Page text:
Ronald H. McPeak, Underwater and Coastal California Photographs, 1965-1999.
Over 2000 35 mm color mounted slides, taken by Ron McPeak of the underwater biota of giant kelp forests in California and Baja Mexico from 1965 to 1999. There also are images of kelp harvesting in California, salmon spawning in Alaskan streams, and aerial and landscape views of coastal California and its offshore islands.
Ronald H. McPeak grew up in the suburbs of Los Angeles, California. He was keenly interested in natural history as a youth and his fascination with marine life led him to become a certified scuba diver in 1956, long before it was popular. He soon began exploring the underwater kelp forests of California where he has logged over 5,700 scuba dives. Ron obtained a Bachelor's of Science degree in Zoology from California State University at Long Beach in 1964 and a Master's of Science degree in Biology from the University of Southern California in 1967. He spent most of his working career as a marine biologist for the Marine Resource Department at Kelco Division of Merck and Co., Inc , where he was responsible for managing kelp resources using aerial and diving surveys and conducting kelp restoration efforts. His hobby of underwater photography became an important tool for his profession and during his time at Kelco Ron became an acclaimed underwater photographer known for his astonishing images of submarine forests of giant kelp. His photographs have won numerous awards, been on display at the National Aquarium in Baltimore, Monterey Bay Aquarium and Disney World, and have appeared in numerous books, magazines and scientific journals. His widely acclaimed book "The Amber Forest" (coauthored with D. A. Glantz and C. R. Shaw, Watersport Publishing) culled from the best of thousands of images captured the essence the undersea world of kelp forests and the many benefits that we derive from them. Now retired, Ron continues his interest in natural history, giving talks and following his life-long passion of collecting scarab beetles; his personal collection now numbers nearly 40,000 specimens and counting.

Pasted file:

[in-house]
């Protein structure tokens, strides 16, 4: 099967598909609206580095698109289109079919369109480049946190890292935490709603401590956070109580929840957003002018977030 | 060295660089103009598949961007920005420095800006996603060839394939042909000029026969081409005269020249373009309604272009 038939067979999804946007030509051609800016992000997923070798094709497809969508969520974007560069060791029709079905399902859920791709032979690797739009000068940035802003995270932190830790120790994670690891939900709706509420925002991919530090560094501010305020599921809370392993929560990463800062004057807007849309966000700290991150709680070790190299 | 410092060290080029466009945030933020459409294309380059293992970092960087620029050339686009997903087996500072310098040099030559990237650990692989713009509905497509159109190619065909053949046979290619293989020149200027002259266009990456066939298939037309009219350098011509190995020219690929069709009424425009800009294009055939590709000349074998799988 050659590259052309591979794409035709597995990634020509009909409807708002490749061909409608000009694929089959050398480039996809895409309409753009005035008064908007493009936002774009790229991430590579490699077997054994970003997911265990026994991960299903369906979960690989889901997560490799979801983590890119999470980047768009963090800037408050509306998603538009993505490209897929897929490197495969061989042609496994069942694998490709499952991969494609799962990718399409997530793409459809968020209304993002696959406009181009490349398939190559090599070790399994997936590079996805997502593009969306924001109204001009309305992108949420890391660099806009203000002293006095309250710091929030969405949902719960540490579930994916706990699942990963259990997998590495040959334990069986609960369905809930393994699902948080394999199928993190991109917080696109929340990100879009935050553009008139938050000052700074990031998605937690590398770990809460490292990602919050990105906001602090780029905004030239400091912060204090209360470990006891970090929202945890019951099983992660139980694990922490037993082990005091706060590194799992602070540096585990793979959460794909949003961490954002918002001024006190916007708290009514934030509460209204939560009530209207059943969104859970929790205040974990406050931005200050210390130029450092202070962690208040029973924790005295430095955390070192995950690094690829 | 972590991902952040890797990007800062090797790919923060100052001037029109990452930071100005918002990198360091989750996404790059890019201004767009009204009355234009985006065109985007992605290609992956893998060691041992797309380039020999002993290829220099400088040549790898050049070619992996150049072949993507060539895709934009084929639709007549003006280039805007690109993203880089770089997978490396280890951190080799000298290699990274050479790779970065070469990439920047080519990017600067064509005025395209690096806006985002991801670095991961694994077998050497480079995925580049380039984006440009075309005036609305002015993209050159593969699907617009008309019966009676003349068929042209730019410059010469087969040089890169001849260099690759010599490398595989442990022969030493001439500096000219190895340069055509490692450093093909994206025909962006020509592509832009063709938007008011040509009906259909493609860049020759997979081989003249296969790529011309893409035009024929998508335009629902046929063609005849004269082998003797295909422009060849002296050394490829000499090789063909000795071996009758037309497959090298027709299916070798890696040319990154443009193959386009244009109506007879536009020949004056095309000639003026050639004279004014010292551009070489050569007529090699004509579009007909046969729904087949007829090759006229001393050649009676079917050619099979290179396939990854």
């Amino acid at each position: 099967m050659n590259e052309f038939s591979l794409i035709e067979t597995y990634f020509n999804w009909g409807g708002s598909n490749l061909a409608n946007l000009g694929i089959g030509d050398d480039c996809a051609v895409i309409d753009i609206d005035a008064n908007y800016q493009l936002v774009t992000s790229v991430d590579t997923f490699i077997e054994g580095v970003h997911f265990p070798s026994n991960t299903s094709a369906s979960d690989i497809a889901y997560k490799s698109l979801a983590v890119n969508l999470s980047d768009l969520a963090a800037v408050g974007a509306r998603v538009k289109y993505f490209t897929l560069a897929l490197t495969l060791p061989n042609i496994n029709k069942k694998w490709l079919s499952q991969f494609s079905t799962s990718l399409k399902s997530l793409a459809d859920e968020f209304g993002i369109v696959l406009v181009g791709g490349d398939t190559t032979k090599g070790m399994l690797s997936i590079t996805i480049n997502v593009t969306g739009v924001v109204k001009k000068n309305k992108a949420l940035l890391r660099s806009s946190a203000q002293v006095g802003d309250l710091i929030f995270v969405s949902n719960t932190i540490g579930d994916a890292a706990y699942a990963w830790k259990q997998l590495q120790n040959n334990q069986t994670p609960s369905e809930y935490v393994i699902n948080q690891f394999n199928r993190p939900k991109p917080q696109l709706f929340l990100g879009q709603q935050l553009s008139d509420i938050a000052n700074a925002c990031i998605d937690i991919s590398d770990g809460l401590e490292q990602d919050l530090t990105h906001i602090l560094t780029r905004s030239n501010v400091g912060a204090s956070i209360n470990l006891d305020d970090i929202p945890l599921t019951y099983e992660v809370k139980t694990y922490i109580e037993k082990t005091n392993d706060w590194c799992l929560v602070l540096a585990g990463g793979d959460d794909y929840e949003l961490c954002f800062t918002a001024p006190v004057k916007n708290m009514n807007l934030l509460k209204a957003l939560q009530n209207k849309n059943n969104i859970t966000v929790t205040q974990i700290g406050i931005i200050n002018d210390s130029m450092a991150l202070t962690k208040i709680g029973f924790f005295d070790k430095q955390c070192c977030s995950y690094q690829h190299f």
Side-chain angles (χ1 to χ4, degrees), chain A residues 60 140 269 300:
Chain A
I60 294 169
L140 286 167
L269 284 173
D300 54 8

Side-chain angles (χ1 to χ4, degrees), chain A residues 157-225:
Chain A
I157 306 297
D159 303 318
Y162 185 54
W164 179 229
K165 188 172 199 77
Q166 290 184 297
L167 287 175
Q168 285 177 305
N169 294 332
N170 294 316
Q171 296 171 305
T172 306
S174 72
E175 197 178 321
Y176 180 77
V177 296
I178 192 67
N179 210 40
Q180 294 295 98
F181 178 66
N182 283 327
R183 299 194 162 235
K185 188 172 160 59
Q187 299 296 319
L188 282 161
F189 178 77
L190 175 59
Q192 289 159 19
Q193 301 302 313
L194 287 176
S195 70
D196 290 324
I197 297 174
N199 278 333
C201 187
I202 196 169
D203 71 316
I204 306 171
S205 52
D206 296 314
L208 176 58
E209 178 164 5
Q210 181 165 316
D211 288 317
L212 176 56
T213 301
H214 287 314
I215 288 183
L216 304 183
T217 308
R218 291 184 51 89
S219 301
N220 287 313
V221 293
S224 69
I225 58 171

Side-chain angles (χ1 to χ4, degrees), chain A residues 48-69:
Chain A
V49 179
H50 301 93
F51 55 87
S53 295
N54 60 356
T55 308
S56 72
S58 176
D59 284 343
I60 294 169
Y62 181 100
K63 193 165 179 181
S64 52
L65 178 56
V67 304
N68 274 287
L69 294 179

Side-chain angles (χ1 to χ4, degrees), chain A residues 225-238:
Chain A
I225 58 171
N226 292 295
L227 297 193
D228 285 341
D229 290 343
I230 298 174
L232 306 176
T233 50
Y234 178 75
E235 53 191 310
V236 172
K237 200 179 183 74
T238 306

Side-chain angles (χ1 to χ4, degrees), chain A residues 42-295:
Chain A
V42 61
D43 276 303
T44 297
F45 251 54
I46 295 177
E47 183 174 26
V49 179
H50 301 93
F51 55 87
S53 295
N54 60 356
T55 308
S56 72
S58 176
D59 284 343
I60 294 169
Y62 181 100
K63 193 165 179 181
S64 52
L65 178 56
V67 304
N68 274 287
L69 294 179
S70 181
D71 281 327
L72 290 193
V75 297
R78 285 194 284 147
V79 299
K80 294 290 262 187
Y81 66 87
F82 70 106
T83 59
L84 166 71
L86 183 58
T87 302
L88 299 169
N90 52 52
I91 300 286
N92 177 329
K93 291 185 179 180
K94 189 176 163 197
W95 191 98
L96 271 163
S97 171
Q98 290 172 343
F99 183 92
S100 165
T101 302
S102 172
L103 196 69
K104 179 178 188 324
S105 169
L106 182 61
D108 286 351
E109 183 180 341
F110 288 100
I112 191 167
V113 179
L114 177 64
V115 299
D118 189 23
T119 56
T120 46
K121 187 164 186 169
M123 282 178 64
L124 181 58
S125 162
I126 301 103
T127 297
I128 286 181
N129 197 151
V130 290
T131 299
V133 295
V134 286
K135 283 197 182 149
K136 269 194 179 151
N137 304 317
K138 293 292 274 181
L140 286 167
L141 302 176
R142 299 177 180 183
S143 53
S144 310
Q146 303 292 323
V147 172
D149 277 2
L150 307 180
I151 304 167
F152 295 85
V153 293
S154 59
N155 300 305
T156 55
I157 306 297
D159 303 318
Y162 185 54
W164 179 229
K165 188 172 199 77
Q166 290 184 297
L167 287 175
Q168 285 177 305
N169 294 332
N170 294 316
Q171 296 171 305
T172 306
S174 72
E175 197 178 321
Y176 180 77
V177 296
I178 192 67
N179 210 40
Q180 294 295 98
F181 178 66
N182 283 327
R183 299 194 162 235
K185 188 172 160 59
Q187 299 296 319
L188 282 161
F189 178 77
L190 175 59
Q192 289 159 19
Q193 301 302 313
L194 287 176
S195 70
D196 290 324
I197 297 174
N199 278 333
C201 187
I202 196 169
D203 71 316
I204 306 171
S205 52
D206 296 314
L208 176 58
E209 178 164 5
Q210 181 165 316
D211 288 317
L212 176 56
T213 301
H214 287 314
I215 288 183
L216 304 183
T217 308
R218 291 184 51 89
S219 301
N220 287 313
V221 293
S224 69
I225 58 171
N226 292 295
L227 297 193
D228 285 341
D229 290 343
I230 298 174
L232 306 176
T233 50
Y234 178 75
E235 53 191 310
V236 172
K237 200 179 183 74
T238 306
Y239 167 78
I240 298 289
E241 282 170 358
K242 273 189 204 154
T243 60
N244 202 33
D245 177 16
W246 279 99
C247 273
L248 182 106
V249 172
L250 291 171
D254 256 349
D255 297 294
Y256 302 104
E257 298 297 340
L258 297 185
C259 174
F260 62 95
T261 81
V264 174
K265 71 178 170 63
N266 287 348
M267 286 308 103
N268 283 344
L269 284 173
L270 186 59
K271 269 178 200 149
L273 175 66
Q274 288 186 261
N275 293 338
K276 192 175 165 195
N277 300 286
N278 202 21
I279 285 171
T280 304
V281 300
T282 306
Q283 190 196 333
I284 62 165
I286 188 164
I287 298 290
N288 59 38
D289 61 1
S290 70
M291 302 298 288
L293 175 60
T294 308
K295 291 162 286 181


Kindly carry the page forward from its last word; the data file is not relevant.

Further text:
His photographs were all taken with color slide film and originally were housed in vinyl sleeves maintained in three-ring binders arranged by subject categories. Most of the slides in his collection are well documented with captions, date and location, and subject matter including scientific names. Each slide in the collection has been digitally scanned at approximately 3,300 pixels in long dimension.
Images are licensed for non-commercial use under a Creative Commons Attribution-NonCommercial 3.0 Unported License (http://creativecommons.org/licenses/by-nc/3.0/). For information on obtaining high resolution images, contact the Department of Special Collections (firstname.lastname@example.org).
Acquisition and digitization of the Ronald H. McPeak collection was made possible with funding from the National Science Foundation to the Santa Barbara Coastal Long Term Ecological Research project.
- Ron H. McPeak